US F-16 gets an anti-AAM laser weapon, first firings are coming

WASHINGTON — Lockheed Martin has delivered the LANCE-directed energy weapon planned for use on the F-16 to the US Air Force Research Laboratory, learned, citing open sources.

US F-16 gets an anti-AAM laser weapon, first firings are coming
Photo credit: Lockheed Martin

US company Lockheed Martin has delivered the lowest power and lightest high-energy laser weapon system it has ever produced to the US Air Force. The system developed under the LANCE project will be integrated into air platforms, especially the F-16, in the form of a capsule.

As part of the US Air Force High Energy Laser Display [SHiELD] self-defense program, Lockheed Martin was awarded the first contract to design, develop and manufacture LANCE in November 2017.

LANCE is small in size to fit in a capsule form and consumes low power to be used in the F-16. The laser weapon is designed to be used especially against air-to-air missiles. It is not yet known when the LANCE system will begin test firings by F-16s.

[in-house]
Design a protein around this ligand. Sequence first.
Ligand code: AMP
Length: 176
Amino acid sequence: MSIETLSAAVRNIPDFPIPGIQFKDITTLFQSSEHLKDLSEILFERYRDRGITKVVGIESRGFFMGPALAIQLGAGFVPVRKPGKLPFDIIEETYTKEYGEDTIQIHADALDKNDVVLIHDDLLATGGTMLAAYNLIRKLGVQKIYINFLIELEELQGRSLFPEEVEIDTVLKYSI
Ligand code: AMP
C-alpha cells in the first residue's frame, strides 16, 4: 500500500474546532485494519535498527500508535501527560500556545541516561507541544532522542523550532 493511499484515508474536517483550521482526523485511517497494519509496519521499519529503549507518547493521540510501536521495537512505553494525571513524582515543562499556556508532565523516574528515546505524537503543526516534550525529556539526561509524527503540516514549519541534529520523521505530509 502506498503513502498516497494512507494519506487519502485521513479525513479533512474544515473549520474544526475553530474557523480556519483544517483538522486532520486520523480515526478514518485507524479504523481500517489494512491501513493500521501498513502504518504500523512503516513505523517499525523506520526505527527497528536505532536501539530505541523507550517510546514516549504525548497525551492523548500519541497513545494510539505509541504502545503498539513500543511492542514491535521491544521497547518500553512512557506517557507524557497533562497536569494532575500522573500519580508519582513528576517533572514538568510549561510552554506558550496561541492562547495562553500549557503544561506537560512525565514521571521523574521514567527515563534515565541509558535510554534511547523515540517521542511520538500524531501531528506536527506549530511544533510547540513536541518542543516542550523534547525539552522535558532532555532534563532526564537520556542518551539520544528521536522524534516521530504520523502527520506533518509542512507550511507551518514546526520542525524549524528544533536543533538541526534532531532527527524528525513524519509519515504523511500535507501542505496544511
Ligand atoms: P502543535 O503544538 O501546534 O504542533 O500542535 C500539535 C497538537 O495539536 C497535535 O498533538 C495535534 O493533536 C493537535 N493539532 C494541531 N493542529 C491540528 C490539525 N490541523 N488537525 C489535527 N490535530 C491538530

If the system is successful, a Hard-Kill defense system will be developed that will be effective against RF seekers after the DIRCM systems that are effective against IR/IIR seekers.

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Photo credit: USAF

However, before the first aerial firings of the laser weapon can take place, the US Air Force must integrate the laser weapon onto the F-16 airframe and connect the weapon itself to the thermal system that controls LANCE’s heating and cooling.

The American online publication Breaking Defense writes that the Lockheed Martin company played a leading role in the development of the weapon, but two other companies were also involved: Northrop Grumman and Boeing. The former developed the beam control system that directs the laser to a specific target, and Boeing developed the container subsystem that will house the laser weapon.

Kent Wood, Acting Director of AFRL’s Energy Directorate, commented on the latest acquisition, stating that the most important period of LANCE’s “lifetime” lies ahead, namely wargame research, mission analyses, wargame duration, and how the laser weapon integrated into the F-16 can assist in accomplishing mission objectives. “Specific targets for future tests and demonstrations will also be determined by the results of these studies,” Wood added.


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